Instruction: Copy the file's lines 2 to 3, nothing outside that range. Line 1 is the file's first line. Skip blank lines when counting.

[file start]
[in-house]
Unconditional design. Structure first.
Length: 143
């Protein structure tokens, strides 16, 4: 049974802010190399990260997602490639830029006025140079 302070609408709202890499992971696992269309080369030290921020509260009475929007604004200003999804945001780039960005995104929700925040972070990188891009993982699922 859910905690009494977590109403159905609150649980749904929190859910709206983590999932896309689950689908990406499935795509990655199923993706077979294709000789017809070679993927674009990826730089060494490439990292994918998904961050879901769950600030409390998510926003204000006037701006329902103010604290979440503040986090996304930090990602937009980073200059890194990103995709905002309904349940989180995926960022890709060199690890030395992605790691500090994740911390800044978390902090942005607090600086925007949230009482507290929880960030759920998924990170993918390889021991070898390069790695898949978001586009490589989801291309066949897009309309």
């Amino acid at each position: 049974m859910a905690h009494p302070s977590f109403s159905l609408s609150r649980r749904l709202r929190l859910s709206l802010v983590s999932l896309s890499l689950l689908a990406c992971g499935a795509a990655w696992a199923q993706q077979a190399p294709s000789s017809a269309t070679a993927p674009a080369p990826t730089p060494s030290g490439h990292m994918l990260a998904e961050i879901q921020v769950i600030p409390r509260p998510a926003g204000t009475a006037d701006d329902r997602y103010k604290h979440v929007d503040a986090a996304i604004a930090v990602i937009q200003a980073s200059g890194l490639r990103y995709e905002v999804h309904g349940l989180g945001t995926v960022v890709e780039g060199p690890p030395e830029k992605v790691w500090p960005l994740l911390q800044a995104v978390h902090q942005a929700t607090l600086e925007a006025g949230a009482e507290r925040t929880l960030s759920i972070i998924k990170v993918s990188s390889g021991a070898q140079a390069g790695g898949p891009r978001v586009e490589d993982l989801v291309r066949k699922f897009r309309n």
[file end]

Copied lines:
Unconditional design. Structure first.
Length: 143